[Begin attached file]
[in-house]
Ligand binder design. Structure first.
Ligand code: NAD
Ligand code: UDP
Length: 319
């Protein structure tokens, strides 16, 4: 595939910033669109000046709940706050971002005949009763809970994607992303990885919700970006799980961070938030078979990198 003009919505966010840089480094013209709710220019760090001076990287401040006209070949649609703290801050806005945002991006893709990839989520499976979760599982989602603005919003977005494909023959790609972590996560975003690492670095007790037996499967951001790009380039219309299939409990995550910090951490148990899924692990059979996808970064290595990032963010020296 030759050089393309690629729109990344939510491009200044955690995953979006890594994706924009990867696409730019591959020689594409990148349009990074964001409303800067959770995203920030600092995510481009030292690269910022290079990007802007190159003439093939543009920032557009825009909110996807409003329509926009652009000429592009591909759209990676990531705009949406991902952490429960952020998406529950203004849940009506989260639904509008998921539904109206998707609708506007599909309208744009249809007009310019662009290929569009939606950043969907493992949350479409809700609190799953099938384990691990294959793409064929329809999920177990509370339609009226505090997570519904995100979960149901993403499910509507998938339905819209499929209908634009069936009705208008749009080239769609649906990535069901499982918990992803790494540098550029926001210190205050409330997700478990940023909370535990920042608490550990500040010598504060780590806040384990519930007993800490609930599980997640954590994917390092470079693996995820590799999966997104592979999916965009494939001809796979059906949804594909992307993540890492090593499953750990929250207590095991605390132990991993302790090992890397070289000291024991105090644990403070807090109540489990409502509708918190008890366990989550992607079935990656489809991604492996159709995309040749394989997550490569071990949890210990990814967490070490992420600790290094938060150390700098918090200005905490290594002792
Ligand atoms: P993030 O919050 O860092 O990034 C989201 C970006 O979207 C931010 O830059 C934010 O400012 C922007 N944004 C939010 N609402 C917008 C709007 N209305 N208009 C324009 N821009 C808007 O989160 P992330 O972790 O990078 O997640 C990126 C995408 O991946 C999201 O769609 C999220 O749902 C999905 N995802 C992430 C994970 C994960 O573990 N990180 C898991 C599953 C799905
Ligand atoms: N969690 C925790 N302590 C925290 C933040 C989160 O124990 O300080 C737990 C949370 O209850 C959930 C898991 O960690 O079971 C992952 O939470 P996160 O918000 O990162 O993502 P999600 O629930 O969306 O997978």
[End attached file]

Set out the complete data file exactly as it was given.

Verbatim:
[in-house]
Ligand binder design. Structure first.
Ligand code: NAD
Ligand code: UDP
Length: 319
């Protein structure tokens, strides 16, 4: 595939910033669109000046709940706050971002005949009763809970994607992303990885919700970006799980961070938030078979990198 003009919505966010840089480094013209709710220019760090001076990287401040006209070949649609703290801050806005945002991006893709990839989520499976979760599982989602603005919003977005494909023959790609972590996560975003690492670095007790037996499967951001790009380039219309299939409990995550910090951490148990899924692990059979996808970064290595990032963010020296 030759050089393309690629729109990344939510491009200044955690995953979006890594994706924009990867696409730019591959020689594409990148349009990074964001409303800067959770995203920030600092995510481009030292690269910022290079990007802007190159003439093939543009920032557009825009909110996807409003329509926009652009000429592009591909759209990676990531705009949406991902952490429960952020998406529950203004849940009506989260639904509008998921539904109206998707609708506007599909309208744009249809007009310019662009290929569009939606950043969907493992949350479409809700609190799953099938384990691990294959793409064929329809999920177990509370339609009226505090997570519904995100979960149901993403499910509507998938339905819209499929209908634009069936009705208008749009080239769609649906990535069901499982918990992803790494540098550029926001210190205050409330997700478990940023909370535990920042608490550990500040010598504060780590806040384990519930007993800490609930599980997640954590994917390092470079693996995820590799999966997104592979999916965009494939001809796979059906949804594909992307993540890492090593499953750990929250207590095991605390132990991993302790090992890397070289000291024991105090644990403070807090109540489990409502509708918190008890366990989550992607079935990656489809991604492996159709995309040749394989997550490569071990949890210990990814967490070490992420600790290094938060150390700098918090200005905490290594002792
Ligand atoms: P993030 O919050 O860092 O990034 C989201 C970006 O979207 C931010 O830059 C934010 O400012 C922007 N944004 C939010 N609402 C917008 C709007 N209305 N208009 C324009 N821009 C808007 O989160 P992330 O972790 O990078 O997640 C990126 C995408 O991946 C999201 O769609 C999220 O749902 C999905 N995802 C992430 C994970 C994960 O573990 N990180 C898991 C599953 C799905
Ligand atoms: N969690 C925790 N302590 C925290 C933040 C989160 O124990 O300080 C737990 C949370 O209850 C959930 C898991 O960690 O079971 C992952 O939470 P996160 O918000 O990162 O993502 P999600 O629930 O969306 O997978």